The Kingdom in the Mess

The Kingdom Starts in Your Backyard  •  Sermon  •  Submitted   •  Presented   •  31:00
0 ratings
· 28 views

Jesus tells stories which portrays the kingdom of heaven existing in messy places; how do we find the kingdom in the middle of the mess?

Files
Notes
Transcript
Handout
Handout
This series about the kingdom of heaven started last week in Matthew 13. It is a long chapter and we are going to stay in Matthew 13 for a few more weeks because there are several kingdom parables packed into this one chapter. One of the lessons in these kingdom parables is that the kingdom of heaven is not just a future or other-worldly place. Jesus means for us to see that he brings the kingdom with him right now. We live right here today as people who have access to the kingdom of heaven right in our own backyards.
We began last week with the parable of the sower. Today we continue on Matthew 13 with two more parables that are related to each other. And note that I am skipping around in the chapter because these two parables are woven together with other parables we will look at more closely in coming weeks.
Matthew 13:24–30 (NIV)
Matthew 13:24–30 NIV
24 Jesus told them another parable: “The kingdom of heaven is like a man who sowed good seed in his field. 25 But while everyone was sleeping, his enemy came and sowed weeds among the wheat, and went away. 26 When the wheat sprouted and formed heads, then the weeds also appeared. 27 “The owner’s servants came to him and said, ‘Sir, didn’t you sow good seed in your field? Where then did the weeds come from?’ 28 “ ‘An enemy did this,’ he replied. “The servants asked him, ‘Do you want us to go and pull them up?’ 29 “ ‘No,’ he answered, ‘because while you are pulling the weeds, you may uproot the wheat with them. 30 Let both grow together until the harvest. At that time I will tell the harvesters: First collect the weeds and tie them in bundles to be burned; then gather the wheat and bring it into my barn.’ ”
Matthew 13:36–43 (NIV)
Matthew 13:36–43 NIV
36 Then he left the crowd and went into the house. His disciples came to him and said, “Explain to us the parable of the weeds in the field.” 37 He answered, “The one who sowed the good seed is the Son of Man. 38 The field is the world, and the good seed stands for the people of the kingdom. The weeds are the people of the evil one, 39 and the enemy who sows them is the devil. The harvest is the end of the age, and the harvesters are angels. 40 “As the weeds are pulled up and burned in the fire, so it will be at the end of the age. 41 The Son of Man will send out his angels, and they will weed out of his kingdom everything that causes sin and all who do evil. 42 They will throw them into the blazing furnace, where there will be weeping and gnashing of teeth. 43 Then the righteous will shine like the sun in the kingdom of their Father. Whoever has ears, let them hear.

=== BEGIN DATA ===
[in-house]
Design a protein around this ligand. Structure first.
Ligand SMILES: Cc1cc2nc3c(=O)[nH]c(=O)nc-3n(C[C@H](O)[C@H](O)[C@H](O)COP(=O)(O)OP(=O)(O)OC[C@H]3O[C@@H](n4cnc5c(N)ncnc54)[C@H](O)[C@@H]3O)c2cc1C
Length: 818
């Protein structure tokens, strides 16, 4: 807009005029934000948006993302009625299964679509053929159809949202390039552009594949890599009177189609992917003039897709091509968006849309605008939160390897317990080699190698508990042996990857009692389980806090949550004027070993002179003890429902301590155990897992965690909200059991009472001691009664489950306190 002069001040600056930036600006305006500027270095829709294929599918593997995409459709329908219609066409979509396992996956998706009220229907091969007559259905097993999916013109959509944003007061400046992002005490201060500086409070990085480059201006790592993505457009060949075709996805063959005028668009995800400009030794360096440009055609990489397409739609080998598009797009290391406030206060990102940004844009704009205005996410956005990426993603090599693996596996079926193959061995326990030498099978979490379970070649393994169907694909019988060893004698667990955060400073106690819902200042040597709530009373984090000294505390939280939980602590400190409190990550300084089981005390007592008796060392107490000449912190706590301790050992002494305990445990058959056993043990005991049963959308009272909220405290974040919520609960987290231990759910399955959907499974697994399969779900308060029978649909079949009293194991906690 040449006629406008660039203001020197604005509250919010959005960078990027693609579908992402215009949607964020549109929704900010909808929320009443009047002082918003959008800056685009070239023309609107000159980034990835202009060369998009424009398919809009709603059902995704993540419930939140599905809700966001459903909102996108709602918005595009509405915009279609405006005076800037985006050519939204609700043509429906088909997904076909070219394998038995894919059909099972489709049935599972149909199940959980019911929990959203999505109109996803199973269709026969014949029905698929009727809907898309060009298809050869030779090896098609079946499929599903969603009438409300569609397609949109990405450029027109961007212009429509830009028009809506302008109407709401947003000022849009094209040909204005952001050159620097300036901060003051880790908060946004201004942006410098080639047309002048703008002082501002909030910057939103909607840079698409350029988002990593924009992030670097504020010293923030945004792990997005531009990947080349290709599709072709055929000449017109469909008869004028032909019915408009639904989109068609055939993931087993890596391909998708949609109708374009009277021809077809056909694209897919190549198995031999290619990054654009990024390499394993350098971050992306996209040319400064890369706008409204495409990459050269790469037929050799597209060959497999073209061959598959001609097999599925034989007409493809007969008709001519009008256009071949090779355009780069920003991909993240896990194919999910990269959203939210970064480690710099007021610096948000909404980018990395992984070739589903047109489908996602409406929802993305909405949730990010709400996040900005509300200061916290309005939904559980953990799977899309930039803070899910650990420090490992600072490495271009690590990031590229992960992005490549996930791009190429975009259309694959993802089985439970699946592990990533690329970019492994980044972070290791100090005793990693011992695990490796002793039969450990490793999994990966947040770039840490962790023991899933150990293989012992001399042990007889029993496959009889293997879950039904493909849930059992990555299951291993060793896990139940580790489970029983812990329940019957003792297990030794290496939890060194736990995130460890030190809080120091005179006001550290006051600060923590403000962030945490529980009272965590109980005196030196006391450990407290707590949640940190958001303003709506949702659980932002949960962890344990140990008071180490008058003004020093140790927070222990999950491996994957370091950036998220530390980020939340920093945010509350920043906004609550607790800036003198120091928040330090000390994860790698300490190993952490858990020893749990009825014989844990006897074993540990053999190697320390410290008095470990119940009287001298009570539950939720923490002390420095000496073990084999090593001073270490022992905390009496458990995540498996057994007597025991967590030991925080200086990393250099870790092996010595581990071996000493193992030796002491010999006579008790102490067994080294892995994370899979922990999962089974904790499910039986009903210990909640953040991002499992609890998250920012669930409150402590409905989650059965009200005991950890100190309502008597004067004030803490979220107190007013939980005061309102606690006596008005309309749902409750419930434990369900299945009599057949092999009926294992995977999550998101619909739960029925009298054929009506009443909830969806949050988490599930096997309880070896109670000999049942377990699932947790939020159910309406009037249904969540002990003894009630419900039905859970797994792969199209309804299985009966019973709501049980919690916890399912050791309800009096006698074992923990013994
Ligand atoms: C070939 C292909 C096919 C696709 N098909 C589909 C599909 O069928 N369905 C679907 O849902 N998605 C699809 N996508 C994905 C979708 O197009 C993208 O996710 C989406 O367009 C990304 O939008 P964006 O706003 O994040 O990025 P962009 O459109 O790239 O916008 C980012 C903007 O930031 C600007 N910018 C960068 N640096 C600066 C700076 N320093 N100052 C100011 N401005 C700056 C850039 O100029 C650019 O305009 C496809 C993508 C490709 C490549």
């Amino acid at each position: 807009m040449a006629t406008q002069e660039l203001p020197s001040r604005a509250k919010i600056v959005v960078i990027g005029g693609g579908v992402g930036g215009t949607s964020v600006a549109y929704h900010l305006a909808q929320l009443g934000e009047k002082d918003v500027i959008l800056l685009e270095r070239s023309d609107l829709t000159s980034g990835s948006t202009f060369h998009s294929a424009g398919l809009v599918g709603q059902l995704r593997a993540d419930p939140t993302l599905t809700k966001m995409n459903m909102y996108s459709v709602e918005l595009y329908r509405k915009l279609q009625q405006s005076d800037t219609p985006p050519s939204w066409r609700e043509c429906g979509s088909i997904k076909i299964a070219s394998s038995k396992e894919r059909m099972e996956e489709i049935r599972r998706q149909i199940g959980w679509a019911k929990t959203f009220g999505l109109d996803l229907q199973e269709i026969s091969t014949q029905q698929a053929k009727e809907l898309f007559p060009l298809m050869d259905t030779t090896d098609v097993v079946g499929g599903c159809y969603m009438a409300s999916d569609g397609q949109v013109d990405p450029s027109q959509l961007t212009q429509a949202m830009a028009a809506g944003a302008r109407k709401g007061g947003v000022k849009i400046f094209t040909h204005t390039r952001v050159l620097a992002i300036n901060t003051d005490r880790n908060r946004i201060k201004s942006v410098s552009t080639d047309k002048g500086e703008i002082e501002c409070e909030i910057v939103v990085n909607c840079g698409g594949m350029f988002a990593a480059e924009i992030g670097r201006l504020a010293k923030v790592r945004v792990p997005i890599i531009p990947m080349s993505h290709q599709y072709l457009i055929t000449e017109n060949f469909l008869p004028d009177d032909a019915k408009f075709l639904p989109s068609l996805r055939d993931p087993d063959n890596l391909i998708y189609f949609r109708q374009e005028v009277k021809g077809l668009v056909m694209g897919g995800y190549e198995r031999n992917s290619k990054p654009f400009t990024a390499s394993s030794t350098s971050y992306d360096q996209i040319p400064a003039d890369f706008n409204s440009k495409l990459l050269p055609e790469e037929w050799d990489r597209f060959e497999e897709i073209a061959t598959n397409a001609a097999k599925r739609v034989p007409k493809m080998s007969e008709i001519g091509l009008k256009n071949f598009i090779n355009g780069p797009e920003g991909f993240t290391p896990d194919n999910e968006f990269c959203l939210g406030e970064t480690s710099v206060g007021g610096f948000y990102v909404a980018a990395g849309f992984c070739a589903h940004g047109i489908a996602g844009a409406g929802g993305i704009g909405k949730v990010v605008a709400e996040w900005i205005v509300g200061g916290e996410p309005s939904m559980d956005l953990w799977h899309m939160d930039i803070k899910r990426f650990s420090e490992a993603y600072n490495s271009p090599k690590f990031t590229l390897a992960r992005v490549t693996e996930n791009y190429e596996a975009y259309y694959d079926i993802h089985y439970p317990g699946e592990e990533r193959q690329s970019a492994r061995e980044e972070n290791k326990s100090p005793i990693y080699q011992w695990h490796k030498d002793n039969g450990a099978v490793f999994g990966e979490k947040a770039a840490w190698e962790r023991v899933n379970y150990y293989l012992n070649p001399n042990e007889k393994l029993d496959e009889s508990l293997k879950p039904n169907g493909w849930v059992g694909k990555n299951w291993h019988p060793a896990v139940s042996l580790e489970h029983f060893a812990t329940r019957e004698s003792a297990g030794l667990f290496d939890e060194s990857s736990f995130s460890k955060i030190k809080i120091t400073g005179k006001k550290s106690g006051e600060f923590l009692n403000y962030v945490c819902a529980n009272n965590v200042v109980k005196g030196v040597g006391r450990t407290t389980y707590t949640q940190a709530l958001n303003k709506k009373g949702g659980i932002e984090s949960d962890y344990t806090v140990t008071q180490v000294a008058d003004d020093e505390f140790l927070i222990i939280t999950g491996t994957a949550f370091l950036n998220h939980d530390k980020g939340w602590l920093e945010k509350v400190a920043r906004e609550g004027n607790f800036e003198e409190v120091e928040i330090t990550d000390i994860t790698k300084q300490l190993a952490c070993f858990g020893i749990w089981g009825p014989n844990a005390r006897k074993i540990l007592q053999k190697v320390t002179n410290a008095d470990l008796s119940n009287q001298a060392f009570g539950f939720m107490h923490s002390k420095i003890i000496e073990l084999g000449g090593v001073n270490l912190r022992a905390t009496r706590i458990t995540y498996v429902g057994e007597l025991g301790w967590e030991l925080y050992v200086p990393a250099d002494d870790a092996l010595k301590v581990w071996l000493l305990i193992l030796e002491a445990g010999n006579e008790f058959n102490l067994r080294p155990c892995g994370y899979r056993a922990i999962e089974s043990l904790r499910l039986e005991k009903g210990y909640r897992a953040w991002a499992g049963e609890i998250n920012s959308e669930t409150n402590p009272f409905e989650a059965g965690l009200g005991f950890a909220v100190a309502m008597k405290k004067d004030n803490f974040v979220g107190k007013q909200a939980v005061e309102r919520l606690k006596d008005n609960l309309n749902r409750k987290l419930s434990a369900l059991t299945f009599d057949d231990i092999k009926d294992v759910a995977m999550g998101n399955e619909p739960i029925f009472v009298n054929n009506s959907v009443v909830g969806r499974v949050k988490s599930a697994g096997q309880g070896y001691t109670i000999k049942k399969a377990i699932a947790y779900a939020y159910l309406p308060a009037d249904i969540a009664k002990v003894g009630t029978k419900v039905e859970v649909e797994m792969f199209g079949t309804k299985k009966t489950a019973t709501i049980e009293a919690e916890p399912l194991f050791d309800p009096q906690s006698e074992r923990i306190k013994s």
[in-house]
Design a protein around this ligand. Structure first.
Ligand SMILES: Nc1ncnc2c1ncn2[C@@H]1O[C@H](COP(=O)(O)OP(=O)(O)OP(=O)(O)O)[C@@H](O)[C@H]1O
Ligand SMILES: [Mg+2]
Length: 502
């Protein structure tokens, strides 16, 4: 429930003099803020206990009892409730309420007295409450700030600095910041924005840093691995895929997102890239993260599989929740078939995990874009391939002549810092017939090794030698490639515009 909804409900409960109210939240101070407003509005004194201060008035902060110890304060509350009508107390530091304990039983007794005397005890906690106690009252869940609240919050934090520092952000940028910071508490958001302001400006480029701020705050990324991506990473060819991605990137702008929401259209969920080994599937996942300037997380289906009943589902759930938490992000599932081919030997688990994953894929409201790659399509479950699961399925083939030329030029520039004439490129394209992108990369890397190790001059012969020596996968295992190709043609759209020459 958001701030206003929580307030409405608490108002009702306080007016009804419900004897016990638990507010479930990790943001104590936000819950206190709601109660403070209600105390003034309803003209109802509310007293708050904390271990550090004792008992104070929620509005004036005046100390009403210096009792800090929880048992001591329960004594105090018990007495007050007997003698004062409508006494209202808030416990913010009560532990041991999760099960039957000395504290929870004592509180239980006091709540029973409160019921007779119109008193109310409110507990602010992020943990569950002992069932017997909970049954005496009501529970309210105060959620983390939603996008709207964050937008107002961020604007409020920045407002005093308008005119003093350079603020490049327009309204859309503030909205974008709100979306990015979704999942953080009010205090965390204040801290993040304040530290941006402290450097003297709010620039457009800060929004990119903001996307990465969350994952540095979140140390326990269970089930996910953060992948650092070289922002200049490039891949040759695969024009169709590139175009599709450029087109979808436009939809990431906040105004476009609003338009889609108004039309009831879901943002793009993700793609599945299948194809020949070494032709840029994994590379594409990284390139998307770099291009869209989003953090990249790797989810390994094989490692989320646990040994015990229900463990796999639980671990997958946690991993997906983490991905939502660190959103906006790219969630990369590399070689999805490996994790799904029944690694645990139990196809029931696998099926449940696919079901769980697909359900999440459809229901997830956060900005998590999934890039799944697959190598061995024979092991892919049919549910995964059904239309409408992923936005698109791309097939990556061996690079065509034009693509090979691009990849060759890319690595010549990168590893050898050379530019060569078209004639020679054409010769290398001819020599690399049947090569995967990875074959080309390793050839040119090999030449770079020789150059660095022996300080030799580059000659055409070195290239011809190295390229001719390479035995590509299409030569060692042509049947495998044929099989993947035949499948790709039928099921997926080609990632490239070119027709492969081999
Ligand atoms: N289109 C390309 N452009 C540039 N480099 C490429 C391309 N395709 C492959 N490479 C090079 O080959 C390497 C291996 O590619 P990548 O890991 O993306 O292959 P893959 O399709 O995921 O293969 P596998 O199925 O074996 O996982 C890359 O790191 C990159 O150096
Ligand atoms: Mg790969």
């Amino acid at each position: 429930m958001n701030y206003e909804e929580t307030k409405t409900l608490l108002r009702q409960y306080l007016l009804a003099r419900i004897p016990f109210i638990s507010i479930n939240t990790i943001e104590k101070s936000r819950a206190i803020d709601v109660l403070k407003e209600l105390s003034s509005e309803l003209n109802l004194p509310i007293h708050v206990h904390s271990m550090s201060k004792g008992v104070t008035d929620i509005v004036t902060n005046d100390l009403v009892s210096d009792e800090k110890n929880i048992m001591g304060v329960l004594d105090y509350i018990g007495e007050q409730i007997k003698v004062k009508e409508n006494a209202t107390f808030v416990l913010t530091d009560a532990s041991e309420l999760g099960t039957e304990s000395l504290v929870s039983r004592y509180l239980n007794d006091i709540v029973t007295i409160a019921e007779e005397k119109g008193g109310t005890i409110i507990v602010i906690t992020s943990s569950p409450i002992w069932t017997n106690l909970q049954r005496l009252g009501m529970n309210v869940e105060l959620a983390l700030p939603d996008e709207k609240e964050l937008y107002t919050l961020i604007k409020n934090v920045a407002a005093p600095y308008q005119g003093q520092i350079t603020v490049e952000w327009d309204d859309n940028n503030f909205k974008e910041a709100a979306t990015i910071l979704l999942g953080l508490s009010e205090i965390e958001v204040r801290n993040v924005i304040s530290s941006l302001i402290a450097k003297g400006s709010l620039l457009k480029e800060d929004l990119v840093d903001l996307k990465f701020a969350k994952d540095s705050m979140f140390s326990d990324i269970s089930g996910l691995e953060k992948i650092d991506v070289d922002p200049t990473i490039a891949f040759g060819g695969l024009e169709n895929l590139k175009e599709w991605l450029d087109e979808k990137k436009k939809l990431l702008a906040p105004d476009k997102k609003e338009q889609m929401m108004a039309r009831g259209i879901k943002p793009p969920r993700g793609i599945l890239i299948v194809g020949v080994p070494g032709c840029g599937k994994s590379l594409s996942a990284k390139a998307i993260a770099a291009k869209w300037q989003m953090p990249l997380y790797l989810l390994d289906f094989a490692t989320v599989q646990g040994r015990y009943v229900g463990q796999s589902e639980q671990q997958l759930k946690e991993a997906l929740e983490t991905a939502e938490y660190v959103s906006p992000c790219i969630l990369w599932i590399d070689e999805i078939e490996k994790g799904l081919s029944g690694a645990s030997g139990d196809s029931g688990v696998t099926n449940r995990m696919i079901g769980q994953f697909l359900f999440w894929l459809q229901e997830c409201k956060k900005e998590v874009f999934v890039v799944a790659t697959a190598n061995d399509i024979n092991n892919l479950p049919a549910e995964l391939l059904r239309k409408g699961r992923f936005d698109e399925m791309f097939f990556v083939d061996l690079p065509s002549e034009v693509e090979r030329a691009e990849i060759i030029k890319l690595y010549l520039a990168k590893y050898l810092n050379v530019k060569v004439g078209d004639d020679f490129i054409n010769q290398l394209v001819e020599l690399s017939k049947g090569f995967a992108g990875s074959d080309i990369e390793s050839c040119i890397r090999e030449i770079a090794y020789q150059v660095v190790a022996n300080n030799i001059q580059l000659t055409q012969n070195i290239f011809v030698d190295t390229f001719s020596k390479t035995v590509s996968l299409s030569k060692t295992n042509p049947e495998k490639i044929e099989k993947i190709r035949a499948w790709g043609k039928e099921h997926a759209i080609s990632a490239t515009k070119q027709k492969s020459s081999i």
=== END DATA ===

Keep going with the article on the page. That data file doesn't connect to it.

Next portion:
Matthew 13:47–52 (NIV)
Matthew 13:47–52 NIV
47 “Once again, the kingdom of heaven is like a net that was let down into the lake and caught all kinds of fish. 48 When it was full, the fishermen pulled it up on the shore. Then they sat down and collected the good fish in baskets, but threw the bad away. 49 This is how it will be at the end of the age. The angels will come and separate the wicked from the righteous 50 and throw them into the blazing furnace, where there will be weeping and gnashing of teeth. 51 “Have you understood all these things?” Jesus asked. “Yes,” they replied. 52 He said to them, “Therefore every teacher of the law who has become a disciple in the kingdom of heaven is like the owner of a house who brings out of his storeroom new treasures as well as old.”
parables are stories that convey a kingdom idea and call for a response
This series began last week with an overview of what parables are and how parables should be heard and understood. Let me remind you this week of the definition I am using for a parable. Parables are stories that convey a kingdom idea and call for a response. So then, every one of these parables we turn to in Matthew should run through that filter of examination. In every parable we should be asking ourselves, what is the kingdom idea here? And what is the response that is being called for in this story? One of the helpful features we noted to help with this process is to identify the point of reference. Every parable contains a point of reference in which the reader is supposed to identify themselves into the story. Jesus told these stories as a way of showing us where we fit into the larger picture. It is helpful, then, to identify the point of reference as a way of helping us to name the kingdom idea and pull forth the response that is called for.